National Park Service officials closed all facilities in Great Smoky Mountain National Park Tuesday morning due to a wildfire that started on Chimney Top Mountain, the site of one of the park’s most popular trails.

High winds and low relative humidity from Sunday afternoon through Monday helped spread the fire when falling trees downed power lines, according to a post on the park’s Facebook page. Helicopter water-drops and other firefighting efforts on Sunday did little to stifle the flames.

On Monday morning, the Park Service closed US Highway 441, which runs through the park. Nineteen trails, eight campsites, and the shelters on Mt. LeConte and Mt. Collins were also closed due to fire on Monday.

Weather conditions, including wind gusts that reached over 80 miles per hour, contributed to spreading the fire in a state stricken by drought since May. The U.S. Drought Monitor shows that Tennessee’s Sevier County, where the park is located, was in extreme and exceptional drought on November 22. Parts of Tennessee, the Carolinas, Georgia, and Alabama are also experiencing long-term extreme drought, per data from the NOAA.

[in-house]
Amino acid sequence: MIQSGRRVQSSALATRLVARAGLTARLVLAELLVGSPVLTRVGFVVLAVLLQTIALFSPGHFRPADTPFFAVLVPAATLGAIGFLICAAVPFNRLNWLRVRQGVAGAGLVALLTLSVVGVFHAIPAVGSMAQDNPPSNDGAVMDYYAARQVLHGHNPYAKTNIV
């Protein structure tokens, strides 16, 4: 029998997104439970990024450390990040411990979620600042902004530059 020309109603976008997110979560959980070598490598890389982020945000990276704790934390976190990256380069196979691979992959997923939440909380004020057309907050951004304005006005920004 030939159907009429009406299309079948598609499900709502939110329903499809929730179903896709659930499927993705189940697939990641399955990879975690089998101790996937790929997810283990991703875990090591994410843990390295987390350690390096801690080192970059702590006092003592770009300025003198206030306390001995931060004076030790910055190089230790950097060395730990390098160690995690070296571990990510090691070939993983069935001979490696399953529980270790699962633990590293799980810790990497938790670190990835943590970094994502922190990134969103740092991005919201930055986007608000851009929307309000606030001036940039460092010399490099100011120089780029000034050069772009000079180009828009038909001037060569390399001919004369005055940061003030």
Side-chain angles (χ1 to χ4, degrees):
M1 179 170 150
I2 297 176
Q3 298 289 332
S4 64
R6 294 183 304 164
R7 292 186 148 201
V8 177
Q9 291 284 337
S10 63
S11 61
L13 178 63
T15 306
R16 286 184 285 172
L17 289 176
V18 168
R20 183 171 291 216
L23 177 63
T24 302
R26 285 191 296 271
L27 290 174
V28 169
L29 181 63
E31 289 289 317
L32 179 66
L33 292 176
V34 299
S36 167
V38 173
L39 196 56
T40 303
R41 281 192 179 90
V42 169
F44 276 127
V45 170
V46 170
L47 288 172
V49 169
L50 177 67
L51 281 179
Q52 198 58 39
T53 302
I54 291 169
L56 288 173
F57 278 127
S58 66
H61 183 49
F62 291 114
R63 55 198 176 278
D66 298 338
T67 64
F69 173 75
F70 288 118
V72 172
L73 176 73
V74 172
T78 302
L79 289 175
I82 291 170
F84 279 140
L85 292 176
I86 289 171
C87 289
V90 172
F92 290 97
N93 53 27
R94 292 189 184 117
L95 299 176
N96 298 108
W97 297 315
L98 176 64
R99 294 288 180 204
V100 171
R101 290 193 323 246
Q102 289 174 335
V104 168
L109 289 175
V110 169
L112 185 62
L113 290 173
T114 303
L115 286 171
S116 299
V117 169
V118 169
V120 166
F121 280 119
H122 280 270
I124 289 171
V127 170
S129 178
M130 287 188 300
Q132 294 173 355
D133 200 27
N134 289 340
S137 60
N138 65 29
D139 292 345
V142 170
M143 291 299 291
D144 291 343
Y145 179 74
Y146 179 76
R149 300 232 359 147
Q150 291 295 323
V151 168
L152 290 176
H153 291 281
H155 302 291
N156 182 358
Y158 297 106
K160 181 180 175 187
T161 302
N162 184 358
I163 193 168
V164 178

Authorities have been watching the fire situation for a few weeks. The Tennessee Emergency Management Agency (TEMA) declared a state of emergency for drought and wildfire threats on November 10, and the park issued a ban on campfires and open grills on November 15 because of dry conditions and fires in the region.

Thousands evacuated the nearby cities of Gatlinburg and Pigeon Forge as the fire spread beyond the park Monday evening, according to a TEMA statement from Tuesday morning. Four people have been reported injured, but no deaths. The weather forecast predicts rain and lower winds this afternoon and evening. But even with rain currently falling, TEMA said, “the fires continue to burn and structures remain engulfed, with little hope that the rainfall will bring immediate relief.”